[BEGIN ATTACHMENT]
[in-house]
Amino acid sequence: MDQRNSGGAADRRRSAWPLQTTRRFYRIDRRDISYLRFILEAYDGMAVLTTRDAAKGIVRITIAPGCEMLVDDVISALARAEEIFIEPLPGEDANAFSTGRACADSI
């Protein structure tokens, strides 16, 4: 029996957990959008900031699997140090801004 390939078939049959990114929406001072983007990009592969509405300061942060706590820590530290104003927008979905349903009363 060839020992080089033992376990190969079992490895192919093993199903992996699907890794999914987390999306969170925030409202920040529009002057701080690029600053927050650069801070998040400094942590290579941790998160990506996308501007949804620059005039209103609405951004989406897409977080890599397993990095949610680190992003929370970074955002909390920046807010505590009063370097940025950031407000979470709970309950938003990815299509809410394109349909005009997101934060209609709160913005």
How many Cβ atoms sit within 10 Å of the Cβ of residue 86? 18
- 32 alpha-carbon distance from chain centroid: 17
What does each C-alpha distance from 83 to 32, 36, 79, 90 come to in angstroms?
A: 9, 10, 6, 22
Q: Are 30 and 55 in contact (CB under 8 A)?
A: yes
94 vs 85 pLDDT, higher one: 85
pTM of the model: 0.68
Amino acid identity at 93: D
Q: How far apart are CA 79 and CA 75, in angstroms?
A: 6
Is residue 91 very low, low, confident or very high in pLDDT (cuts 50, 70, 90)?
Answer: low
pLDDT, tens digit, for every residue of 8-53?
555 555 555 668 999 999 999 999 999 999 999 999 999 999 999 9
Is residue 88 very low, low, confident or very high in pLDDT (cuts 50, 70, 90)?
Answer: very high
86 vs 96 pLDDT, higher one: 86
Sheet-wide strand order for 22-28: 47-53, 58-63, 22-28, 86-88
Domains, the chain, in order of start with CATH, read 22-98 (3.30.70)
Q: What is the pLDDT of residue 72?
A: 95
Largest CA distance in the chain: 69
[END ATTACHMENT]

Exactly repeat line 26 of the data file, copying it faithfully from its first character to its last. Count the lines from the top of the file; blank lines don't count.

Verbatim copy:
Largest CA distance in the chain: 69